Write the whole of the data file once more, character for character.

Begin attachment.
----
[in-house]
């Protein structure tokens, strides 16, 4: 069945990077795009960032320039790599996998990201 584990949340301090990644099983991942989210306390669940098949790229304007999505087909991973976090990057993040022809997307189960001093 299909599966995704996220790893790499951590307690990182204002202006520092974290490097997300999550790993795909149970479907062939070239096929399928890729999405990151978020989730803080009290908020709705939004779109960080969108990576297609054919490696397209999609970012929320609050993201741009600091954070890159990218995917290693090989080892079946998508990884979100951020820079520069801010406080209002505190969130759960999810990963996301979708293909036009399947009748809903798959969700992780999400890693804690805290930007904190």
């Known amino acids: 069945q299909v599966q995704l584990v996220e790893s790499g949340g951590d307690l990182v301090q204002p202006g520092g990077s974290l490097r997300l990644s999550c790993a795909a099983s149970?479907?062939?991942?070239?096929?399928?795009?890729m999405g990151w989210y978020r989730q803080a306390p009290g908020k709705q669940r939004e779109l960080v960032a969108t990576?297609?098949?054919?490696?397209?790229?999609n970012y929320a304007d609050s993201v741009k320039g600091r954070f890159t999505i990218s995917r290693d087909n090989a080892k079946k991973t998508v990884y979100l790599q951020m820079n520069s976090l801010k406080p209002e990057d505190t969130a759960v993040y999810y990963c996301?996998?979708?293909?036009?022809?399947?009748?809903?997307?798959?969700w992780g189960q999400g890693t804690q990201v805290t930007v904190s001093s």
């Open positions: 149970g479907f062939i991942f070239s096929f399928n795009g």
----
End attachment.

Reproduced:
[in-house]
């Protein structure tokens, strides 16, 4: 069945990077795009960032320039790599996998990201 584990949340301090990644099983991942989210306390669940098949790229304007999505087909991973976090990057993040022809997307189960001093 299909599966995704996220790893790499951590307690990182204002202006520092974290490097997300999550790993795909149970479907062939070239096929399928890729999405990151978020989730803080009290908020709705939004779109960080969108990576297609054919490696397209999609970012929320609050993201741009600091954070890159990218995917290693090989080892079946998508990884979100951020820079520069801010406080209002505190969130759960999810990963996301979708293909036009399947009748809903798959969700992780999400890693804690805290930007904190």
């Known amino acids: 069945q299909v599966q995704l584990v996220e790893s790499g949340g951590d307690l990182v301090q204002p202006g520092g990077s974290l490097r997300l990644s999550c790993a795909a099983s149970?479907?062939?991942?070239?096929?399928?795009?890729m999405g990151w989210y978020r989730q803080a306390p009290g908020k709705q669940r939004e779109l960080v960032a969108t990576?297609?098949?054919?490696?397209?790229?999609n970012y929320a304007d609050s993201v741009k320039g600091r954070f890159t999505i990218s995917r290693d087909n090989a080892k079946k991973t998508v990884y979100l790599q951020m820079n520069s976090l801010k406080p209002e990057d505190t969130a759960v993040y999810y990963c996301?996998?979708?293909?036009?022809?399947?009748?809903?997307?798959?969700w992780g189960q999400g890693t804690q990201v805290t930007v904190s001093s």
């Open positions: 149970g479907f062939i991942f070239s096929f399928n795009g």